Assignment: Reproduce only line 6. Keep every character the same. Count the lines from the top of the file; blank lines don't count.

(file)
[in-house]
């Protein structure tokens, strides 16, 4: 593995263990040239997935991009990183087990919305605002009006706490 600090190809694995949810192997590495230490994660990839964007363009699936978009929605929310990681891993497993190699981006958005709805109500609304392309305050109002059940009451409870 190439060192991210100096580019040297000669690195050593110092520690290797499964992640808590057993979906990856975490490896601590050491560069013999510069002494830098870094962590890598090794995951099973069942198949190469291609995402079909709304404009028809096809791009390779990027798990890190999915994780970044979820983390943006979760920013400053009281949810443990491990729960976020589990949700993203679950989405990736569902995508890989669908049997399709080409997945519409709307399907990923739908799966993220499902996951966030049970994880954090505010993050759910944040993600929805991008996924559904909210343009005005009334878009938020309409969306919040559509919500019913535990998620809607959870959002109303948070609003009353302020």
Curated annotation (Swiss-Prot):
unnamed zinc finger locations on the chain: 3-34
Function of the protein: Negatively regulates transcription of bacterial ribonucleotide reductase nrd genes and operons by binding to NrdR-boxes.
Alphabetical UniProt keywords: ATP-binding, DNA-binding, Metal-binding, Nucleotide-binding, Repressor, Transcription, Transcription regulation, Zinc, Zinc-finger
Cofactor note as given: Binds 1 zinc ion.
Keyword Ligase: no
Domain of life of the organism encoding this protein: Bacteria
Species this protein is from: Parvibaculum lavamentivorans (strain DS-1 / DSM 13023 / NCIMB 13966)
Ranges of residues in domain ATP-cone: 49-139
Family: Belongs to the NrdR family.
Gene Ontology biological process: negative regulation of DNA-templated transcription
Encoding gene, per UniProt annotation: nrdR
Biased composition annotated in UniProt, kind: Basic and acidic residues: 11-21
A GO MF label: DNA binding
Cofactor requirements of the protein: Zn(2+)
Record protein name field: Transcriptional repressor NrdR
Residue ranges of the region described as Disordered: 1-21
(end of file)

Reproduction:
Alphabetical UniProt keywords: ATP-binding, DNA-binding, Metal-binding, Nucleotide-binding, Repressor, Transcription, Transcription regulation, Zinc, Zinc-finger